We all know that humans and apes are virtually identical genetically. But if you find that scientific fact hard to accept on an emotional level, the work of James Mollison may help. For four years the English photographer traveled the world, making close-up portraits of gorillas, chimps and orangutans. The result is one of the most detailed and revealing visual studies ever made of the great apes.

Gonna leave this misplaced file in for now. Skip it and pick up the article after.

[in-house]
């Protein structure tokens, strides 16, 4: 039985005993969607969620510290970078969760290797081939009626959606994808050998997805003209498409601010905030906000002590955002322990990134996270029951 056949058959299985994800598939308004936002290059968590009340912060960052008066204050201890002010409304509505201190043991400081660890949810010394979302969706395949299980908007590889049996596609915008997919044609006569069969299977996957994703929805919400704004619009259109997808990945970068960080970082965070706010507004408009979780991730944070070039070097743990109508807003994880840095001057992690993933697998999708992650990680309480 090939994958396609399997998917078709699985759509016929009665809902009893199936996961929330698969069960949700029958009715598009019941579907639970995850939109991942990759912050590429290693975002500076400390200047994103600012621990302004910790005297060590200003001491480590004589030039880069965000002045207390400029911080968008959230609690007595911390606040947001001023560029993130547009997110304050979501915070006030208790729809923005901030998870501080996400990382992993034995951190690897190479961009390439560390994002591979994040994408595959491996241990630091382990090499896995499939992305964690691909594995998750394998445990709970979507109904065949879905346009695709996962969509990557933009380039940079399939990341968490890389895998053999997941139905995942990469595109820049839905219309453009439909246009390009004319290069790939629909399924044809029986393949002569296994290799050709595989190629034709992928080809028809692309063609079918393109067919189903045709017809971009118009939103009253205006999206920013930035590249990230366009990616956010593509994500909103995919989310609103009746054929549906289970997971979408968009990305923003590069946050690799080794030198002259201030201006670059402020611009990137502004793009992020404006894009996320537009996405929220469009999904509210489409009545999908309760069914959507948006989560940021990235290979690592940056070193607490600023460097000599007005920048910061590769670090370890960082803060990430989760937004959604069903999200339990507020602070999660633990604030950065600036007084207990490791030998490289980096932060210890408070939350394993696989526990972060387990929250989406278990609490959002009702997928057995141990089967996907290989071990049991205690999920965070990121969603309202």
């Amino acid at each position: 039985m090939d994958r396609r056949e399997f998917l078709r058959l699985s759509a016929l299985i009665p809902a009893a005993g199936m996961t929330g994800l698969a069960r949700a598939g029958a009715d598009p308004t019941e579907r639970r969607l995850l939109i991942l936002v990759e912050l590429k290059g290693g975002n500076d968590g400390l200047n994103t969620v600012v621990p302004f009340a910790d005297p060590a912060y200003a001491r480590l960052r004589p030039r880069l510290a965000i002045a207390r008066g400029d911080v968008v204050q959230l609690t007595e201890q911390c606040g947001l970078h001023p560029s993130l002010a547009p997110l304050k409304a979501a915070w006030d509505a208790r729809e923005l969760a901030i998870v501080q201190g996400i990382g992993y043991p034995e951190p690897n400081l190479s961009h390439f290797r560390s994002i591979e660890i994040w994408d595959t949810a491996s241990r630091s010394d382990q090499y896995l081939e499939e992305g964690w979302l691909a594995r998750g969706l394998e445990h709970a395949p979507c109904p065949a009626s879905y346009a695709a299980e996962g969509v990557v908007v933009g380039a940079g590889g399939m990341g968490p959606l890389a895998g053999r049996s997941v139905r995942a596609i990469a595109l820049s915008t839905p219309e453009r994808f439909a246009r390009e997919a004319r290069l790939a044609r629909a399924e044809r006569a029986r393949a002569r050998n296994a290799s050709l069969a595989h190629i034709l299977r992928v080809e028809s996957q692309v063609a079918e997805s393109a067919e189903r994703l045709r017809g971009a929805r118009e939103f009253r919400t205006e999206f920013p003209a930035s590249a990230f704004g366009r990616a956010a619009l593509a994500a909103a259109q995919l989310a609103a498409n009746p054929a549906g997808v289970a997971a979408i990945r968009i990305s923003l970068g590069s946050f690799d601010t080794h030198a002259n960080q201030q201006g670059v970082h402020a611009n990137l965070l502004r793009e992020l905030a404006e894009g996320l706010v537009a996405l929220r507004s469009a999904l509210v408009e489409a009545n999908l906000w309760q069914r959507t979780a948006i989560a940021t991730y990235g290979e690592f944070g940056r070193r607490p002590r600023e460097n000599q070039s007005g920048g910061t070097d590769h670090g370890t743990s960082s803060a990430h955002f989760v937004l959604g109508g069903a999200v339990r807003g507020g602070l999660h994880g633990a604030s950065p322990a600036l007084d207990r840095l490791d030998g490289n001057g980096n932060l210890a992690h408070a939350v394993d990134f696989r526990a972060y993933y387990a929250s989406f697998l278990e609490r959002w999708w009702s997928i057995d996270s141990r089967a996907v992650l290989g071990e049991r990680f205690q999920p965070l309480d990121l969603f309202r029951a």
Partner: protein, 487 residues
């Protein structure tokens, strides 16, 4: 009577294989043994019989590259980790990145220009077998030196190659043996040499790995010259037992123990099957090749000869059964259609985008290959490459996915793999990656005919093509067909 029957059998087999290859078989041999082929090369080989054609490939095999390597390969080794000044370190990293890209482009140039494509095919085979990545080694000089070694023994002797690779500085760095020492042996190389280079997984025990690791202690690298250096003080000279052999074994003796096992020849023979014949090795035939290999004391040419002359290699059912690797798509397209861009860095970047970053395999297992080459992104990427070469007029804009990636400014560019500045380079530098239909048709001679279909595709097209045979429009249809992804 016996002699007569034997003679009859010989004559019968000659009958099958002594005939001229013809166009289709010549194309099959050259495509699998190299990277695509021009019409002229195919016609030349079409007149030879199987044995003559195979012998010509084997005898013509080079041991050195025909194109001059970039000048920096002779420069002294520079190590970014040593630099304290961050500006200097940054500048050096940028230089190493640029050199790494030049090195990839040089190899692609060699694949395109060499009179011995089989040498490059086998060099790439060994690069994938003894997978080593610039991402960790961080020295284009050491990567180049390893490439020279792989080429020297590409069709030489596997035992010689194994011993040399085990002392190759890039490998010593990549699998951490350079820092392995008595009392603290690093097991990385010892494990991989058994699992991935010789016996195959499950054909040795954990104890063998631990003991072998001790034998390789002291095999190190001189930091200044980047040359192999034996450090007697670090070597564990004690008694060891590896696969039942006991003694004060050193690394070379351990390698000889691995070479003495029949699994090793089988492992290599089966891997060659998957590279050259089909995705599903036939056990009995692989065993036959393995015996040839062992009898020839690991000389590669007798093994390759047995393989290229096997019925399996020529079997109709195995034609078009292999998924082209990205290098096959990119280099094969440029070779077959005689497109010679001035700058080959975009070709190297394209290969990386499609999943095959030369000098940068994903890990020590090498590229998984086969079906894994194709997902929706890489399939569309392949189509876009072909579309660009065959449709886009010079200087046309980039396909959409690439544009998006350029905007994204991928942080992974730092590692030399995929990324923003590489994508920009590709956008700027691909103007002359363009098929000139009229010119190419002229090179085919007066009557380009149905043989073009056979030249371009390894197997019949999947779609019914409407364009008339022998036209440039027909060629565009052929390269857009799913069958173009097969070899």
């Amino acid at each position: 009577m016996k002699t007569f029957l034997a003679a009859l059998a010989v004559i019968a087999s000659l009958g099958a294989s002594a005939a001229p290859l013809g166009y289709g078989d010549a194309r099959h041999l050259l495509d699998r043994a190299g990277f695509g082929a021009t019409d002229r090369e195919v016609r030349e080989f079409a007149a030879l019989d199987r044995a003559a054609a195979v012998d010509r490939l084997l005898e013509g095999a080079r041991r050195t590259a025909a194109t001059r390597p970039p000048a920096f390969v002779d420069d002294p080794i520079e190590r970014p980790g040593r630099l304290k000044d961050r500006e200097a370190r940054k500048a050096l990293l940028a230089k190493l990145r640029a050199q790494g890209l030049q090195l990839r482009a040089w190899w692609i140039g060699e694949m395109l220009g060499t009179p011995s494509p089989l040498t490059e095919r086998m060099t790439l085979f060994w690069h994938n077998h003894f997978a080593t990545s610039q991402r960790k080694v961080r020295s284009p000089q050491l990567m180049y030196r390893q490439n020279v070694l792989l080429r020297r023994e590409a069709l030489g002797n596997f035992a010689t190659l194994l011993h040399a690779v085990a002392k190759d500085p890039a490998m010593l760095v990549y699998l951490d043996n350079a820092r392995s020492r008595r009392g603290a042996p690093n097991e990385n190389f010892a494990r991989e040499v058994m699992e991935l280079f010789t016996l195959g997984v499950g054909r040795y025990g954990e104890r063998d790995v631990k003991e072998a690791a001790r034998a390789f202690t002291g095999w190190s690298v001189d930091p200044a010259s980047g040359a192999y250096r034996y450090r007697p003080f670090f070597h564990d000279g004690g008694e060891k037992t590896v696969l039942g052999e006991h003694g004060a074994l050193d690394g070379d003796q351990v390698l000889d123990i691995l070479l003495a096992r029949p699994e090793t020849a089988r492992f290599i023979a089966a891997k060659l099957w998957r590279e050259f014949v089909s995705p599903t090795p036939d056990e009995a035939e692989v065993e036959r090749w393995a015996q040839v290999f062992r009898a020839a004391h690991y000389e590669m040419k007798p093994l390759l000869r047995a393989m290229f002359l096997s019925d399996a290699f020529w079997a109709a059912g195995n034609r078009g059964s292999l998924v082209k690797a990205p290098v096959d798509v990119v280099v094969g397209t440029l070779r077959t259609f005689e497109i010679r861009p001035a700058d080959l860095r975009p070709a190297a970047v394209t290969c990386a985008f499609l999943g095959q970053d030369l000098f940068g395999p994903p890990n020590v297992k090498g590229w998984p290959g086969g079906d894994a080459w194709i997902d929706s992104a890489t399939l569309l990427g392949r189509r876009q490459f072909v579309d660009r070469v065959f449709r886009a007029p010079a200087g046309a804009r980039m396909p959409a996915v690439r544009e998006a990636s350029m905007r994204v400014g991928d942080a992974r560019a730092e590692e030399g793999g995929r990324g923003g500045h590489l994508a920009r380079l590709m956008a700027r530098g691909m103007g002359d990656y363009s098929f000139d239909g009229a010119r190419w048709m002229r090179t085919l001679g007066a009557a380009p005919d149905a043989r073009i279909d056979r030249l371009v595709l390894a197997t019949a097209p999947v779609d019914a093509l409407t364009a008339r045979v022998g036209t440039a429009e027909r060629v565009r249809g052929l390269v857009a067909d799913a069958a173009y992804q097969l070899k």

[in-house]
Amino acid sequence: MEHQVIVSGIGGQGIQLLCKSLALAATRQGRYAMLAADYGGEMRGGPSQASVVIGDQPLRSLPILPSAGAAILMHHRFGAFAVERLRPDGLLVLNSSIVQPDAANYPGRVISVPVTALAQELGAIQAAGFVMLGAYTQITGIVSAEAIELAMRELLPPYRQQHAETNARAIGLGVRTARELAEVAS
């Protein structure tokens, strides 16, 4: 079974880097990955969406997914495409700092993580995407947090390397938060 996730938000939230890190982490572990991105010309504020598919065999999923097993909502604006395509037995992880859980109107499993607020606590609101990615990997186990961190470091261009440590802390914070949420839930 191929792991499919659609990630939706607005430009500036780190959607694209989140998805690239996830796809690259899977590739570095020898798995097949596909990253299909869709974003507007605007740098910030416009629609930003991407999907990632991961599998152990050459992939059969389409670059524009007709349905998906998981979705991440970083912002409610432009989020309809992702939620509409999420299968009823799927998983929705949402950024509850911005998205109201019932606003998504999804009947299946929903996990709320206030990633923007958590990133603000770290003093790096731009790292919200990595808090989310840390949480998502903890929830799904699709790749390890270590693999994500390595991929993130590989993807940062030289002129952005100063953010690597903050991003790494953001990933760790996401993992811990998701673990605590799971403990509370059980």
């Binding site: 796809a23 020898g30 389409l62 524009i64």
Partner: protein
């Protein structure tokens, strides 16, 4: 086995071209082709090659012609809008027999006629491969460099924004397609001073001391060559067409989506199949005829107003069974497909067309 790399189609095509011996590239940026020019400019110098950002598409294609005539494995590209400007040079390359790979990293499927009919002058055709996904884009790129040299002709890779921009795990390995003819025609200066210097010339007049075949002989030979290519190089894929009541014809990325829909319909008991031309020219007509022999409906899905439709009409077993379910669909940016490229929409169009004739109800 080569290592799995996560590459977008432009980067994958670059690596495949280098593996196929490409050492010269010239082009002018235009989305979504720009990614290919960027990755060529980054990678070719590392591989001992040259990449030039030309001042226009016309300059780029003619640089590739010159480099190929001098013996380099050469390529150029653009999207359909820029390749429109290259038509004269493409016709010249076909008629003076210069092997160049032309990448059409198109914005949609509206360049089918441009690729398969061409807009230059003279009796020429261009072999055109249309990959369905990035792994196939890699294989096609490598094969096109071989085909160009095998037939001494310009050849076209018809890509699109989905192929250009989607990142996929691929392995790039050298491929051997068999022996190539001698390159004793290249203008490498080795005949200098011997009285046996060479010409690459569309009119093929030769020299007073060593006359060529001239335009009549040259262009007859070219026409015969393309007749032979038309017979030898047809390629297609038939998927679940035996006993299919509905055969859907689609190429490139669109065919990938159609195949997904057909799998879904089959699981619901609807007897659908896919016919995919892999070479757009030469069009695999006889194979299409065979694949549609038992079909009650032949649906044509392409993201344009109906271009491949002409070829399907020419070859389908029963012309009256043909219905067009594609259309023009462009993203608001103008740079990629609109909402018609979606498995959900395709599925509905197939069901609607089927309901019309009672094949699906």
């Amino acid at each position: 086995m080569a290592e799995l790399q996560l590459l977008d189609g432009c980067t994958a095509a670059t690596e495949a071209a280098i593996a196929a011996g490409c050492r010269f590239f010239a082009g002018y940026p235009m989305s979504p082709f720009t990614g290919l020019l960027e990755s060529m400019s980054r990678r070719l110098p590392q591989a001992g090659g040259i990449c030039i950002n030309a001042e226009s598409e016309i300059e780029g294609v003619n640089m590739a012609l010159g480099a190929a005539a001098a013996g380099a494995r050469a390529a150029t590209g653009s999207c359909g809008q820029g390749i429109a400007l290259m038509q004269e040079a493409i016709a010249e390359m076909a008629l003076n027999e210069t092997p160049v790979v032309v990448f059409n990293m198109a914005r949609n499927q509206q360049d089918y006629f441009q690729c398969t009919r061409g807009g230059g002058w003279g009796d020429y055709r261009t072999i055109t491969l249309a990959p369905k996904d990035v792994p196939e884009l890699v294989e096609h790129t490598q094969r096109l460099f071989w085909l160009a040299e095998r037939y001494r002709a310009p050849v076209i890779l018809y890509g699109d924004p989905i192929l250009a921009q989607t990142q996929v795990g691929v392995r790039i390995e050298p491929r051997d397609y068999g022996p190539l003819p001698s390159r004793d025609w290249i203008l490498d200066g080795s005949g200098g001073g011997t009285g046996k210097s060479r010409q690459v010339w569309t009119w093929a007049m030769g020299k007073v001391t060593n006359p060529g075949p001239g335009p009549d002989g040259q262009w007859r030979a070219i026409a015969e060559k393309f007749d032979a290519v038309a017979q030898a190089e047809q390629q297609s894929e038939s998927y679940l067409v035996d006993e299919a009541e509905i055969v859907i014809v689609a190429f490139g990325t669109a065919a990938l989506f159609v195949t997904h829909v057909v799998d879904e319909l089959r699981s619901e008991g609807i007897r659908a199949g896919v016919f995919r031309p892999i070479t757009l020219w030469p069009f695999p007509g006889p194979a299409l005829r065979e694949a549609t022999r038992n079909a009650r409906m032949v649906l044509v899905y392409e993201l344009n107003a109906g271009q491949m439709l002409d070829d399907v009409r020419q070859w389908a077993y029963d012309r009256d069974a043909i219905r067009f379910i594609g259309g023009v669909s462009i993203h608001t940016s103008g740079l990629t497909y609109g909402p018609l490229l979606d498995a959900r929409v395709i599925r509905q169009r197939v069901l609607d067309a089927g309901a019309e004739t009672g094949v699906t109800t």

"Face to Face," an exhibition of 30 of these striking portraits, goes on display at London's Natural History Museum from May 28 to Sept. 18. Each over 6 ft. [1.8 m] tall, the photographs reveal a moving depth of personality in their subjects. Mollison's apes are laid-back, cheeky, happy and sly. But disconcertingly, many also appear profoundly depressed and fearful, and no wonder. They are orphans, rescued from poachers. One of the subjects, a young gorilla named Pumbu (pictured above right), saw her parents killed for bush meat. Another, a sad-eyed Indonesian orangutan called Bonny (shown left), lost her mother and was sold as a pet. Mollison hopes that "Face to Face" will raise awareness of the plight of apes. He need not worry. If anything could encourage us to make common cause with our simian cousins, it would be these unforgettable images.